News tagged with hydrogen

Related topics: fuel cell · catalyst · hydrogen gas · oxygen · molecules

ESC statement on trans fatty acids

The American Food and Drug Administration (FDA) considers trans fatty acids (TFA) unsafe for consumption. The FDA is providing a three-year compliance period to allow industry to gradually phase out their use in processed ...

Jul 08, 2015
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Trans fat ban tests food companies, bakers

The Jarosch Bakery has been supplying goodies for more than 50 years, winning special renown for its butter cream frosting and for butter cookies with an extra tender texture.

Jun 19, 2015
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US bans 'unsafe' trans fats in food (Update)

Artificial trans fats found in everything from margarine to cookies and frozen pizzas are not safe to eat and must be removed from food in the next three years, US regulators said Tuesday.

Jun 16, 2015
popularity17 comments 1


Hydrogen (pronounced /ˈhaɪdrədʒən/) is the chemical element with atomic number 1. It is represented by the symbol H. At standard temperature and pressure, hydrogen is a colorless, odorless, nonmetallic, tasteless, highly flammable diatomic gas with the molecular formula H2. With an atomic weight of 1.00794 u, hydrogen is the lightest element.

Hydrogen is the most abundant chemical element, constituting roughly 75% of the universe's elemental mass. Stars in the main sequence are mainly composed of hydrogen in its plasma state. Elemental hydrogen is relatively rare on Earth. Industrial production is from hydrocarbons such as methane with most being used "captively" at the production site. The two largest uses are in fossil fuel processing (e.g., hydrocracking) and ammonia production mostly for the fertilizer market. Hydrogen may be produced from water by electrolysis at substantially greater cost than production from natural gas.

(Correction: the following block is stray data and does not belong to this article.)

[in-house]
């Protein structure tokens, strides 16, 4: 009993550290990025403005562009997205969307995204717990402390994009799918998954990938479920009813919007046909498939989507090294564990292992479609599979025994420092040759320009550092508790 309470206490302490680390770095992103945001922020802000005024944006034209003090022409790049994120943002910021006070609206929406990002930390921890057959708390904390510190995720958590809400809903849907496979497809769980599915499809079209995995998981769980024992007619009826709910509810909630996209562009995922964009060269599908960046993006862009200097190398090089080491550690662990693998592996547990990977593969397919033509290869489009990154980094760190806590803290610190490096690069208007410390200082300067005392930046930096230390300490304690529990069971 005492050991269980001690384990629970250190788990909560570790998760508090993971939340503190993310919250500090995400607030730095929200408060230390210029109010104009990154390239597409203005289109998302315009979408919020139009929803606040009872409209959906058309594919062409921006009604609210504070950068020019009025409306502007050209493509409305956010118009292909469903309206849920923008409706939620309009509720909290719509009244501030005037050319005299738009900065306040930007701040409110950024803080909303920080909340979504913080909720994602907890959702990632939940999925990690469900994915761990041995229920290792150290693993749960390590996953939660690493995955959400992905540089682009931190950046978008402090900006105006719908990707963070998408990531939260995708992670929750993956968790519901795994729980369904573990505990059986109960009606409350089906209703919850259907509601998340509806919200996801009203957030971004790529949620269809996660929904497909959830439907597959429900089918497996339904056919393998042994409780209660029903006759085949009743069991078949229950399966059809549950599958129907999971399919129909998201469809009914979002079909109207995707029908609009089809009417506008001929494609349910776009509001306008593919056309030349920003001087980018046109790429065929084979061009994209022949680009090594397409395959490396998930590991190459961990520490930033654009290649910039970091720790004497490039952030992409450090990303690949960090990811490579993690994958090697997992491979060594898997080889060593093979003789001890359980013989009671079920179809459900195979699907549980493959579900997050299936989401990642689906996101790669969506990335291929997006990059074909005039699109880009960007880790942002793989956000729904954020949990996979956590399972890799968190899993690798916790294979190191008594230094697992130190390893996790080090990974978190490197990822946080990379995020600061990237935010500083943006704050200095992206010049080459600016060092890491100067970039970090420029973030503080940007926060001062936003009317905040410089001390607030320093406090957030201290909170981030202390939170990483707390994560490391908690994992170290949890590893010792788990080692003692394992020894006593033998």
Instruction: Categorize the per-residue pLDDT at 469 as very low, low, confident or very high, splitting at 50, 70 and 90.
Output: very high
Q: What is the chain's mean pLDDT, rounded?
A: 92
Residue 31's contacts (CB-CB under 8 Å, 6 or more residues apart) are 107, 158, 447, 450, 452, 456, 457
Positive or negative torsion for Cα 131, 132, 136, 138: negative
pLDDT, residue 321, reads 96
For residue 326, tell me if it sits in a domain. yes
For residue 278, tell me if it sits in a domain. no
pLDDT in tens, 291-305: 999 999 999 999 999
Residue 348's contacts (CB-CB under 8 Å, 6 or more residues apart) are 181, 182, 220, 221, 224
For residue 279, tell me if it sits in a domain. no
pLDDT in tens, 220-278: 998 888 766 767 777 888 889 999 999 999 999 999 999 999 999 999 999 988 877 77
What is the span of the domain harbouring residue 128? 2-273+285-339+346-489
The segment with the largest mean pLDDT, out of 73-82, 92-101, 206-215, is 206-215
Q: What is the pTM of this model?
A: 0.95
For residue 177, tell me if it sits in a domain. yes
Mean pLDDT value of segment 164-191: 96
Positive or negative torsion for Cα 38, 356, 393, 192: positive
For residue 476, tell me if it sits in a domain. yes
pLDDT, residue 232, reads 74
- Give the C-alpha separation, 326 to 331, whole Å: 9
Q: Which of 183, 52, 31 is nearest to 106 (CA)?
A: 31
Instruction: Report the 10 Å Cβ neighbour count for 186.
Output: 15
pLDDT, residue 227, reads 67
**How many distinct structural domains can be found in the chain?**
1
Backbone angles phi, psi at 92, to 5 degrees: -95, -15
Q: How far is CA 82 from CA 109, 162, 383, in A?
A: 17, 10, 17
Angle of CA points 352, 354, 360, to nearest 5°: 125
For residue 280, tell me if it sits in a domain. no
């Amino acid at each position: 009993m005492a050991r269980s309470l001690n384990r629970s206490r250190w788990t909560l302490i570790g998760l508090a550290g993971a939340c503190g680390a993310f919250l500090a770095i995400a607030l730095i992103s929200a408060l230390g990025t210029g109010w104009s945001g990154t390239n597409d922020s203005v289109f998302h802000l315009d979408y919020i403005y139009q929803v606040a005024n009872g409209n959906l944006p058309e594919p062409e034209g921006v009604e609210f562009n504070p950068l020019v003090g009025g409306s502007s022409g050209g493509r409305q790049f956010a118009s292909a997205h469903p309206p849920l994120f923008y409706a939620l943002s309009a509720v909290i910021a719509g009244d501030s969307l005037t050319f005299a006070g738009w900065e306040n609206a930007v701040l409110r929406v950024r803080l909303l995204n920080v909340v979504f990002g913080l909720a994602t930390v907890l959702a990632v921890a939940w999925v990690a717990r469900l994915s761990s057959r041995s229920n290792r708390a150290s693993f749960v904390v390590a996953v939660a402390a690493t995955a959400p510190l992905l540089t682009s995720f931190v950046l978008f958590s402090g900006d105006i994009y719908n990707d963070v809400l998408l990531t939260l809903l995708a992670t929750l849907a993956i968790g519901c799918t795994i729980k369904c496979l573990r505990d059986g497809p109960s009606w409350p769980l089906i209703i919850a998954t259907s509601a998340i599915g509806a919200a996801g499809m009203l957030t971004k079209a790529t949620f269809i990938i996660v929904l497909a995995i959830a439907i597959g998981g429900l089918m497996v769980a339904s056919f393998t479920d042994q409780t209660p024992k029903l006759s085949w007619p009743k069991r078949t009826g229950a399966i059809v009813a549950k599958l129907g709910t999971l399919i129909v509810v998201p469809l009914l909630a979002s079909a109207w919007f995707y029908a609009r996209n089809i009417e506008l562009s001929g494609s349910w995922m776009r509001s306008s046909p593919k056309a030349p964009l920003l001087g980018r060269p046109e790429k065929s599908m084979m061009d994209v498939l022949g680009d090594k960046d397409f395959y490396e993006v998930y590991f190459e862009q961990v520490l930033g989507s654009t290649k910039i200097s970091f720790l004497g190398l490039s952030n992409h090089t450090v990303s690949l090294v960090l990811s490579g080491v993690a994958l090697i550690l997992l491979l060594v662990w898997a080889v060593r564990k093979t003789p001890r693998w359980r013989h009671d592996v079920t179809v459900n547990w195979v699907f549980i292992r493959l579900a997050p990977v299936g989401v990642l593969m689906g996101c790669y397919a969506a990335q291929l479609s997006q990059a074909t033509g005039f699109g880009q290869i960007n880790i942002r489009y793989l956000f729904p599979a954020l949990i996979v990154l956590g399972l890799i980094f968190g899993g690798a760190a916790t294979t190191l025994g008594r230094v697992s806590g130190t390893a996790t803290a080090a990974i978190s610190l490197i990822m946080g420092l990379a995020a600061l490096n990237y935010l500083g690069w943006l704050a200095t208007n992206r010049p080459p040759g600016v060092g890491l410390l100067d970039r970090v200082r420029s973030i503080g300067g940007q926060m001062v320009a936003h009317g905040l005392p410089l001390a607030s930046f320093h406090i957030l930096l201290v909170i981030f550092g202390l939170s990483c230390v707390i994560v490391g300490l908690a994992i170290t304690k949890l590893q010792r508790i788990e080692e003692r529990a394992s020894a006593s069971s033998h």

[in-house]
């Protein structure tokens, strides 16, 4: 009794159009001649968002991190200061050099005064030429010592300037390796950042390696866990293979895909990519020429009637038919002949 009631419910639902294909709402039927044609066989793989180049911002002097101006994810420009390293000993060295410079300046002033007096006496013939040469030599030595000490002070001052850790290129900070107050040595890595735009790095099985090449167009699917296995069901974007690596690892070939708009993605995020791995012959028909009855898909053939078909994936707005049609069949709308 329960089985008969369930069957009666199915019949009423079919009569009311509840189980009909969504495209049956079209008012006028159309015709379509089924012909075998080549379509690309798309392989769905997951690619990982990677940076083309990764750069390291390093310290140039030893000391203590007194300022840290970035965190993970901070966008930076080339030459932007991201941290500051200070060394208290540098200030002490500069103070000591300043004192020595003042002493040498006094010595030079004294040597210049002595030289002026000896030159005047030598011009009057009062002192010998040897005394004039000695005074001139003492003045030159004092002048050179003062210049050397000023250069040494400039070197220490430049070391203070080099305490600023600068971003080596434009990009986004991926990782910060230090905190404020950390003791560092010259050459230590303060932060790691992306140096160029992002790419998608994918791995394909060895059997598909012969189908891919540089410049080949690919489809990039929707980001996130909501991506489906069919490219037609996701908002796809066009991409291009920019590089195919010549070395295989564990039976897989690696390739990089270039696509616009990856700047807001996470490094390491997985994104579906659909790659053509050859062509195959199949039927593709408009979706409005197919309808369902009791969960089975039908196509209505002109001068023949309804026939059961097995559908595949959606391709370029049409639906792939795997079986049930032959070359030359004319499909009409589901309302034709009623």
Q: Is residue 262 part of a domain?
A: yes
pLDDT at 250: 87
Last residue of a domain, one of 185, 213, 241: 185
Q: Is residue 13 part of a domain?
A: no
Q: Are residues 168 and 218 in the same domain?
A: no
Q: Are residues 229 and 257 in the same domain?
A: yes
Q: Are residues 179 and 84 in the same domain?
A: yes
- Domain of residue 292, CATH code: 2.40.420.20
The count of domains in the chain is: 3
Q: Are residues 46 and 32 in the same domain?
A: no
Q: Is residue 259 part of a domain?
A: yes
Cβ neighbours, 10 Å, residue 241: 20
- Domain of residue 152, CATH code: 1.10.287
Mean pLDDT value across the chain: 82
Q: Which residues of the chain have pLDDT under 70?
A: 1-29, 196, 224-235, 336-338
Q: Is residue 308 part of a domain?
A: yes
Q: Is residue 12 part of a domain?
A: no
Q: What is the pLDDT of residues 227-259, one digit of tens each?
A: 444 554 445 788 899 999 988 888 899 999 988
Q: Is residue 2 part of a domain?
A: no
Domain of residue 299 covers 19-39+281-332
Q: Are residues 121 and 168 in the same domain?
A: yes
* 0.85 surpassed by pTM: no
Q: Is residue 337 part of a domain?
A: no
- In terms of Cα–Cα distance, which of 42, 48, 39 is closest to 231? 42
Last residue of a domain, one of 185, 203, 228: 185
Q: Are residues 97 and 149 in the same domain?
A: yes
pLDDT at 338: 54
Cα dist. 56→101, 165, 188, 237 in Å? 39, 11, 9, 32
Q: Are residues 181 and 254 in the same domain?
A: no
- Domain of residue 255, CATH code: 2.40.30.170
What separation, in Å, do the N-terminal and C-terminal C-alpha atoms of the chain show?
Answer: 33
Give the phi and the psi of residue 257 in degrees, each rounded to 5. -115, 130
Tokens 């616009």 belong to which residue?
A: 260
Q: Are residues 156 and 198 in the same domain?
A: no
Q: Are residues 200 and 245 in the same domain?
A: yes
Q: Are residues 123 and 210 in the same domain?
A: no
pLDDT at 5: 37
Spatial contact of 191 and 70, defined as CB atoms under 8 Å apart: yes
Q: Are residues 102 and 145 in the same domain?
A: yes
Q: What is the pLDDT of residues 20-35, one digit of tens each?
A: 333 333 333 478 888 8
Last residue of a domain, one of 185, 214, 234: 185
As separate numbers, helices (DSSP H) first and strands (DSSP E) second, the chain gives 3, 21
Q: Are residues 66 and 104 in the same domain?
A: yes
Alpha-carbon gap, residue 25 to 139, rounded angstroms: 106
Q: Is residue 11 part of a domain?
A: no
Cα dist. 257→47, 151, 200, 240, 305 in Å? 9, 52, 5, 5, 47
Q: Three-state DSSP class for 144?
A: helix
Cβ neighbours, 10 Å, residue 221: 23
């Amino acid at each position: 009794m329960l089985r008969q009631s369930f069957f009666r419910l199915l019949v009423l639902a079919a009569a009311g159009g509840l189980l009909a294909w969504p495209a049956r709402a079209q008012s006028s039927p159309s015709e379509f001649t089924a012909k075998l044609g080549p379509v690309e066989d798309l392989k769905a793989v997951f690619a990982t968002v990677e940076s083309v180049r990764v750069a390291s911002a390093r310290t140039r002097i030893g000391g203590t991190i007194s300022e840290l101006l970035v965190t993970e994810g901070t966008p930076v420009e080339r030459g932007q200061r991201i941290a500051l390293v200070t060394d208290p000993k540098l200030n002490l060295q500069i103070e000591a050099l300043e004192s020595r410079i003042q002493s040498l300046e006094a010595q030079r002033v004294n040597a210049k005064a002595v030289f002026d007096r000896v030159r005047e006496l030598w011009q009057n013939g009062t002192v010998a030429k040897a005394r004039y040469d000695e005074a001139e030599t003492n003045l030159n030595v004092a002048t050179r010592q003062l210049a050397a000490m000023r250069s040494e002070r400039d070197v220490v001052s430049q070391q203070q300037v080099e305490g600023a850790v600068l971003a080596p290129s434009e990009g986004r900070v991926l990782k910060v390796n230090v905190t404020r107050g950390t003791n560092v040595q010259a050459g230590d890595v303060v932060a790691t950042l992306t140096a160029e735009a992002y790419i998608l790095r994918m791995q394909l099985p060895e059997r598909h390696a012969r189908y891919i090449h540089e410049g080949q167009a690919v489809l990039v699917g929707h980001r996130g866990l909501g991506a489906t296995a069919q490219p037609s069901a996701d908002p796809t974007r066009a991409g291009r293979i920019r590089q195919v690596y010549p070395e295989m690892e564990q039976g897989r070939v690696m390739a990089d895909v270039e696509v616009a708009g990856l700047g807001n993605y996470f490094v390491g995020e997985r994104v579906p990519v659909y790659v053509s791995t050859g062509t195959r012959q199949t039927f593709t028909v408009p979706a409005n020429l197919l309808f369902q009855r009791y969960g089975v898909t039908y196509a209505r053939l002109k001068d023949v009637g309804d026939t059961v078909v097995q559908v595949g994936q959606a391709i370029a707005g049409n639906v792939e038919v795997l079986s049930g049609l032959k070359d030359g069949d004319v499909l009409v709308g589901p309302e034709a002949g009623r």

The most common isotope of hydrogen is protium (name rarely used, symbol H) with a single proton and no neutrons. In ionic compounds it can take a negative charge (an anion known as a hydride and written as H−), or as a positively-charged species H+. The latter cation is written as though composed of a bare proton, but in reality, hydrogen cations in ionic compounds always occur as more complex species. Hydrogen forms compounds with most elements and is present in water and most organic compounds. It plays a particularly important role in acid-base chemistry with many reactions exchanging protons between soluble molecules. As the only neutral atom with an analytic solution to the Schrödinger equation, the study of the energetics and bonding of the hydrogen atom played a key role in the development of quantum mechanics.

Hydrogen is important in metallurgy as it can embrittle many metals, complicating the design of pipelines and storage tanks. Hydrogen is highly soluble in many rare earth and transition metals and is soluble in both nanocrystalline and amorphous metals. Hydrogen solubility in metals is influenced by local distortions or impurities in the crystal lattice.

This text uses material from Wikipedia, licensed under CC BY-SA

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